Six Ways To Write A Press Release That Gets Noticed

You can create a brilliant press release even if you didn’t do great in your composition class.

A well-written press release is an introduction to your company and increases your visibility as an industry expert within your community and beyond. You can create a brilliant press release even if you didn’t do great in your composition class.

These are the six facets of a well-written press release. Falling short on just one could have a negative effect on your success. Luckily, there are simple steps to follow.

The Most Important Question

Does this really deserve a press release? A press release highlights the story. It’s newsworthy and contains information with wide audience appeal. It probably isn’t about your brand, and it isn’t geared toward a niche market segment. It also has facts, figures, findings and a hook

Press release-worthy events include breaking industry news, an industry or community event, or the launch of a new product or service. They can also the publication of original research, winning a prestigious award, partnering with another company on a project, a change in your executive staff or even sometimes company rebranding.

The Big Three

A great press release starts with a strong, attention-grabbing subject line, an opening paragraph that summarizes the subject and language that cuts to the chase (this isn’t creative writing).

Many press releases are skipped after a simple glance at the subject line. To write a subject line that will get your email opened, you should personalize when possible. Be casual but professional, and avoid tired attention-grabbing tactics like all caps, exaggerated claims and emoticons.

The Power Of Paragraph One

The first paragraph needs to contain the most important information because chances are your audience is only going to skim the rest. If there are current statistics or recent findings that support the subject of your press release, get them in the first paragraph. It’s easier to skim, so use bullet points of key takeaways to make the press release easier to read and to hold your audience’s interest.

The Background Work

You’re more likely to create a mutually beneficial, ongoing relationship with the press if you’re viewed as a credible source. Always source your facts and statistics using credible citations because it makes it easy to check the validity of your claims. It also saves journalists and your general audience time and builds a reputation of credibility.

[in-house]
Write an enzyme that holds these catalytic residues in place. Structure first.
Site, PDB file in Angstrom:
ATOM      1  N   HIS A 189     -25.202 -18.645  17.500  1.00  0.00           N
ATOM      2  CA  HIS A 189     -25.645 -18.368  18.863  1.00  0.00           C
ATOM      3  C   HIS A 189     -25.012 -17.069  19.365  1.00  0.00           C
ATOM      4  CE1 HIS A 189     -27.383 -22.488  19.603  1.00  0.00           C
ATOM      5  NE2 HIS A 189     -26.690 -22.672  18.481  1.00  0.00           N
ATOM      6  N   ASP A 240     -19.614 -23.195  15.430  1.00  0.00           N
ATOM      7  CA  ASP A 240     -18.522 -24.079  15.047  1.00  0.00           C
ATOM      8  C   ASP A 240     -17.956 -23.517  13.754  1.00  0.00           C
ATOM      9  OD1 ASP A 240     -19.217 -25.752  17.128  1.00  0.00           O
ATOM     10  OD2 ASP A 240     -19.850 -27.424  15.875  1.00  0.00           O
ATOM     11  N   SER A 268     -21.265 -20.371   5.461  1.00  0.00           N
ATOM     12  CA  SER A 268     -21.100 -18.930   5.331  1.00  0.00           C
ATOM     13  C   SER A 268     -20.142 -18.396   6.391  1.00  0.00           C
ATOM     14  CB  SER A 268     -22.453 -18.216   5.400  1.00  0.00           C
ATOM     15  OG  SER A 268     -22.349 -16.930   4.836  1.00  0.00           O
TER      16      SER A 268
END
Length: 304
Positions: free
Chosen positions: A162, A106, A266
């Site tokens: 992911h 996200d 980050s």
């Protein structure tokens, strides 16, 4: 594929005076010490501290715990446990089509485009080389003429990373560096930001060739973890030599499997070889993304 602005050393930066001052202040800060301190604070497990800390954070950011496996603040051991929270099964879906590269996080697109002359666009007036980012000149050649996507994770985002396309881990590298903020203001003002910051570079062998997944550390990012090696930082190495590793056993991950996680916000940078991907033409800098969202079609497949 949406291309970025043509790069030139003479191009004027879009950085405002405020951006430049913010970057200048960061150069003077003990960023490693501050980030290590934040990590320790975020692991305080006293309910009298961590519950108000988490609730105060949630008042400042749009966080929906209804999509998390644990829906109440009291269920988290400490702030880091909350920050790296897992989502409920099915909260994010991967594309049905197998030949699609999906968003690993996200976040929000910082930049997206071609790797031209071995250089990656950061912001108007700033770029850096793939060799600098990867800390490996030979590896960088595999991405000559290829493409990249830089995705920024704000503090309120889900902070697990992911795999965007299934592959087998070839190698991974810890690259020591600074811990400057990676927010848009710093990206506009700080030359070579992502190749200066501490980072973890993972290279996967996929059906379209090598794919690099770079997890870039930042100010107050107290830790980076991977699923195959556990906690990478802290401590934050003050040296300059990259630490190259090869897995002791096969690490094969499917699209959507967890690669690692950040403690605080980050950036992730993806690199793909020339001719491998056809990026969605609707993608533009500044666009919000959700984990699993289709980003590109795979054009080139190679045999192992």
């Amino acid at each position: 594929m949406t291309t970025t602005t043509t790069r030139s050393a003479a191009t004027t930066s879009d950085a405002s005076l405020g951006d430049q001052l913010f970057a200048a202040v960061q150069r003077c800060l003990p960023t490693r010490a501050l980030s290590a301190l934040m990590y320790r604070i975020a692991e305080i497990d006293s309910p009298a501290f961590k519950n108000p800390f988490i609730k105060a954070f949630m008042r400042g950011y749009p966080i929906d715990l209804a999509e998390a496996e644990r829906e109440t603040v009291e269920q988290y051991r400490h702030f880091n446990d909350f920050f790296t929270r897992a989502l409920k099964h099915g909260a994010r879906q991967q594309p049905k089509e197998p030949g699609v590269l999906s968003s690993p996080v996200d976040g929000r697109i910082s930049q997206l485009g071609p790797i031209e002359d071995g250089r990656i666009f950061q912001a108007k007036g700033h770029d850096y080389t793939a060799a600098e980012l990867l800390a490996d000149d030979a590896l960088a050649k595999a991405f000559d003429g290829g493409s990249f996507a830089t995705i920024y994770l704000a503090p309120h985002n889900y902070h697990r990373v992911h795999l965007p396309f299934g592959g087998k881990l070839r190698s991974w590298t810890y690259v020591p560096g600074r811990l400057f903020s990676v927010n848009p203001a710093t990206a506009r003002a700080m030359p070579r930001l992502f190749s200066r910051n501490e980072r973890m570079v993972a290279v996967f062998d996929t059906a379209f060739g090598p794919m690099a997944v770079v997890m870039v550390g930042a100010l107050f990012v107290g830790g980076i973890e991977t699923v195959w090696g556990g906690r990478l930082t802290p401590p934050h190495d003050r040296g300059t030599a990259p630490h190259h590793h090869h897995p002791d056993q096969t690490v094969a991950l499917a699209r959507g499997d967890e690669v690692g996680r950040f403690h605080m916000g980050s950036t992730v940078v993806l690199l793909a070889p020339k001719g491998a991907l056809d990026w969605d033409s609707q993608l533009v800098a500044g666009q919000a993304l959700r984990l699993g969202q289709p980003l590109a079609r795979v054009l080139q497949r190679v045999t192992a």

If you’re the source of the data, make that clear, and briefly define how your facts and numbers came about.

The Funnel Of Information

If you’re struggling to come up with a press release template, don’t worry. You can find plenty of them online. Some are even tailored to specific industries. But if you keep the “funnel of information” in mind, you have everything you need to format your press release.

The funnel, or inverted pyramid, is the outline of your press release. Think of the top of the funnel as the largest, most important part of your press release. The information that’s found there pushes everything else through the funnel.

The top of your press release should answer who, what, where, when, why and how. The middle section is filled with information that supports the opening paragraph. The bottom of the funnel, the smallest portion of the press release, should be reserved for additional information, such as contact information and times or dates of an event.

The Send-Off

So, you’ve taken all the advice and written a winning press release. The only thing left to do is send it off, but who do you send it to?

Don’t put all your eggs into one basket. Your press release might not be newsworthy to one outlet but may generate a lot of excitement in another. Start with local and industry-specific publications. News sites are great, but don’t underestimate the value of bloggers, especially those known for covering newsworthy stories.

Finally, don’t get discouraged. If you don’t hear back, follow up and make yourself known.

The Bottom Line

Now you have all the tools you need to get your business noticed with a great, well-written press release. Following these simple steps alone is enough to help you stand out and build your reputation as a credible media partner.

By Jon Clark, managing partner at Moving Traffic Media, a digital agency in Westchester, NY offering PPC, display and SEO services. First published on November 23, 2020